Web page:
Pemphigus vulgaris is an autoimmune skin disorder characterized by blistering of the skin and mucous membrane. It is the most common subtype of pemphigus, accounting for 70% of all pemphigus cases worldwide. PV is rare – between one and five people in a million develop PV each year in the UK. Most cases develop in people aged over 50. It is very rare in children. Men and women are equally affected. It is more common in certain racial groups. Pemphigus involves blistering of the outer (epidermal) layer of the skin and mucous membranes. It is an autoimmune disorder in which the immune system produces antibodies against specific proteins in the skin and mucous membrane. These antibodies produce a reaction that leads to a separation of epidermal cells.
The exact cause of the development of antibodies against the body’s own tissues is unknown. People with PV have a slightly higher than average chance of also having other auto-immune diseases such as pernicious anaemia, rheumatoid arthritis, and vitiligo. About one-half of the cases of pemphigus vulgaris begin with blisters in the mouth, followed by skin blisters. The blisters ( bullae ) are relatively asymptomatic.Pemphigus is often associated with cancer, and other autoimmune diseases, such as myasthenia gravis. Several months’ later blisters on the skin may develop or in some cases mucosal lesions are the only manifestation of the disease. The most common mucosal area affected is the inside of the mouth but others.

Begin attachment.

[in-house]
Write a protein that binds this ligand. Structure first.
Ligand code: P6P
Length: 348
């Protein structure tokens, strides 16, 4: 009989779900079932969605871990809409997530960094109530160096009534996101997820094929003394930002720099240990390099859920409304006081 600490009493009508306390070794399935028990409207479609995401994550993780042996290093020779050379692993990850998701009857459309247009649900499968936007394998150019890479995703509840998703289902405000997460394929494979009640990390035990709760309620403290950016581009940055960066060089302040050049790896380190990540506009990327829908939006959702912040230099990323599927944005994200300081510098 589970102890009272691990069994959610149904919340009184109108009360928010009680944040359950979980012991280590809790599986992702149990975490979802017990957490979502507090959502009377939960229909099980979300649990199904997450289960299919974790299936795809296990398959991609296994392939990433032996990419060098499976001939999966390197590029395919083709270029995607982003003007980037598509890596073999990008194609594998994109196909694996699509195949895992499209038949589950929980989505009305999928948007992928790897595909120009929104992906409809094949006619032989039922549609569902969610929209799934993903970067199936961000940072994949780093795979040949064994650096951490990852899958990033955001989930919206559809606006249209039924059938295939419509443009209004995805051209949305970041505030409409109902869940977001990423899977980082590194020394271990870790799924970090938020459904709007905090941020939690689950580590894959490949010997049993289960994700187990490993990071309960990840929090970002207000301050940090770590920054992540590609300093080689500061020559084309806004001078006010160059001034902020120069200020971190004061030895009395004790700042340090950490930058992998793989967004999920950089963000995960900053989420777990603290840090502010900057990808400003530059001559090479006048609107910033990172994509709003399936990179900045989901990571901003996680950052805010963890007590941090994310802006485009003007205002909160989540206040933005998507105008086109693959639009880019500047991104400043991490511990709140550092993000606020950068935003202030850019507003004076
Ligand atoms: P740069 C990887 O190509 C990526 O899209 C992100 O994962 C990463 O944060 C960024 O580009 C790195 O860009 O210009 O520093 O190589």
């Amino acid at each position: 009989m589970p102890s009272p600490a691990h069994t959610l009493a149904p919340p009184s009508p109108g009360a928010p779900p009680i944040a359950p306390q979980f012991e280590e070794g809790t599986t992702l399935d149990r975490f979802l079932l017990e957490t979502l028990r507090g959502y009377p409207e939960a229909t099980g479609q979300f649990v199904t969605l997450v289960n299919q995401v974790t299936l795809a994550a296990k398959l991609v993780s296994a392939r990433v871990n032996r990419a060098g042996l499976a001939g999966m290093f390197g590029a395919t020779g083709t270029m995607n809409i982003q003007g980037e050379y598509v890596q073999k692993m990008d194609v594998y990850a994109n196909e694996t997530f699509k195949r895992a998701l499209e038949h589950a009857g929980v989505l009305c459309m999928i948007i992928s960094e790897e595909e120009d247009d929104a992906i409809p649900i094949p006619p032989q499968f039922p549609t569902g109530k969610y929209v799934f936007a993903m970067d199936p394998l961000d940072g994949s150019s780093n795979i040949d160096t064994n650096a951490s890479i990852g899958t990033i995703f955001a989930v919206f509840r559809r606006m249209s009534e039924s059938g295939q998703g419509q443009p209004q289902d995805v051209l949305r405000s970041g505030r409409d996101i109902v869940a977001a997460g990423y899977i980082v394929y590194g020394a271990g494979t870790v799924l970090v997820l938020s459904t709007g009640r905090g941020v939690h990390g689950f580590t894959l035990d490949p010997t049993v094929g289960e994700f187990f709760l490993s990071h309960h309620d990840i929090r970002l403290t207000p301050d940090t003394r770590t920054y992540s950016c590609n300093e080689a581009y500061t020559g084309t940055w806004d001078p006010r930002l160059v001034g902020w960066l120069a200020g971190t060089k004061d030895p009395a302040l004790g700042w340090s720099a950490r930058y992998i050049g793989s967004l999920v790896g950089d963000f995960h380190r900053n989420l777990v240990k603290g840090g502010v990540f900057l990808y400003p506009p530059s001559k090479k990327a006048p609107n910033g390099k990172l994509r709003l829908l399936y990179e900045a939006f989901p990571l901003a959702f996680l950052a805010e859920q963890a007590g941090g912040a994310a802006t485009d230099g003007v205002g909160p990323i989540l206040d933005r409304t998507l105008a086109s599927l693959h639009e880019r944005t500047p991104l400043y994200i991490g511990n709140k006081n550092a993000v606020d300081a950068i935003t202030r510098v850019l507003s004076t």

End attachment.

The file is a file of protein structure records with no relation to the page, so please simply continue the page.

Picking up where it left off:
Severe cases of pemphigus are treated similarly to severe burns. Oral corticosteroids are the mainstay of medical treatment for controlling the disease. An immunosuppressant such as azothiaprine, ciclosporin, etc, is also commonly advised. These medicines work by suppressing the immune system. A steroid cream is sometimes used on the skin blisters in addition to other treatments. Other immune suppressive drugs are used to minimise steroid use. Plasmapheresis is a process whereby antibody-containing plasma is removed from the blood and replaced with intravenous fluids or donated plasma. Some antibiotics are also effective, particularly minocycline and doxycycline. Intravenous immunoglobulin (IVIg) is occasionally used and immune phoresis procedures are also a possible treatment.
Pemphigus Vulgari Treatment and Prevention Tips
1. Intravenous fluids, electrolytes, and proteins may be required.
2. Anesthetic mouth lozenges may reduce the pain of mild to moderate mouth ulcers.
3. Antibiotics and antifungal medications may be appropriate to control or prevent infections.
4. Steroids and other immune suppressants can usually control the disease.
5. Oral corticosteroids are the mainstay of medical treatment for controlling the disease.